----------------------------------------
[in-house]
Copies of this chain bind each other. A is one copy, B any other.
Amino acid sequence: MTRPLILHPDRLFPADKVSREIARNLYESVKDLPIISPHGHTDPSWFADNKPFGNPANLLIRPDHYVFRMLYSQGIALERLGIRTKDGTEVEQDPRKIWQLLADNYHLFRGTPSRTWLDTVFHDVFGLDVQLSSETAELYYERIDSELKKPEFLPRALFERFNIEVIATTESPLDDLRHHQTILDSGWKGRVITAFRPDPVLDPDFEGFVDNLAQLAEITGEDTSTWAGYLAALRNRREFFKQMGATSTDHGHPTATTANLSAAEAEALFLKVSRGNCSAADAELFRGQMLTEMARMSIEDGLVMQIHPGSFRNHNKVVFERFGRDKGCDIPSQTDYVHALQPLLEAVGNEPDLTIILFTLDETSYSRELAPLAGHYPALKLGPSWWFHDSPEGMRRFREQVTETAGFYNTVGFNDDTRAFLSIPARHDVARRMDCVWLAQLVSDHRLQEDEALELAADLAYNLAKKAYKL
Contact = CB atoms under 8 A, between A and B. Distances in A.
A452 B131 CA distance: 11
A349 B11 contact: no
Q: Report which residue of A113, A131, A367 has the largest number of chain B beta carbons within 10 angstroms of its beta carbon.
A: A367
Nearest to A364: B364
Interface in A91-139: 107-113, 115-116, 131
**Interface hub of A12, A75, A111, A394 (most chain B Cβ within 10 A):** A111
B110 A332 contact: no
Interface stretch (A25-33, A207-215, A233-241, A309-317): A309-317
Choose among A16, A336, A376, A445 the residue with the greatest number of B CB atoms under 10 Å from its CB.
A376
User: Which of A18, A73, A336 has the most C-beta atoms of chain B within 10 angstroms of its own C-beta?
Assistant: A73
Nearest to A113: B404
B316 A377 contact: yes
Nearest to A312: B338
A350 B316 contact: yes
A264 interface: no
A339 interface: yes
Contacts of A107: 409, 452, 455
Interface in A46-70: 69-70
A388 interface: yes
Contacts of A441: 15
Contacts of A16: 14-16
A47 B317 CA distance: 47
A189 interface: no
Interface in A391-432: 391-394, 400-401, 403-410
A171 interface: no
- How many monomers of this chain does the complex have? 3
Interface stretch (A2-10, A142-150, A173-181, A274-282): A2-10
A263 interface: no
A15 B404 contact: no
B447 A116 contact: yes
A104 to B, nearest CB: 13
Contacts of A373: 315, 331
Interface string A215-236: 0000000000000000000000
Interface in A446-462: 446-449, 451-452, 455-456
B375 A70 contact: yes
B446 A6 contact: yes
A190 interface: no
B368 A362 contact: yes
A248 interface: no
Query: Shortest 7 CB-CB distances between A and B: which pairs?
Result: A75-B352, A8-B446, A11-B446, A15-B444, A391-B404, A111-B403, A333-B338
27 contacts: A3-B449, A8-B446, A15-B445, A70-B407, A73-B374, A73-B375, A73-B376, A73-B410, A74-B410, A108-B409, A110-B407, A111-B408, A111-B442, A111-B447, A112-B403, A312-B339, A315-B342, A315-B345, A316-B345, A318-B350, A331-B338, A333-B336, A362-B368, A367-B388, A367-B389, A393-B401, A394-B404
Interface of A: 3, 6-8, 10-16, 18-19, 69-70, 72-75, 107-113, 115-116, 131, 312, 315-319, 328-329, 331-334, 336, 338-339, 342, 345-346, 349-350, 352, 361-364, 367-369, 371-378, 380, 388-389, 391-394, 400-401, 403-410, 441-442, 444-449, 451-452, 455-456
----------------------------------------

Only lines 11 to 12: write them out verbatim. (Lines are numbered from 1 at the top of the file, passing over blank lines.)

**Interface hub of A12, A75, A111, A394 (most chain B Cβ within 10 A):** A111
B110 A332 contact: no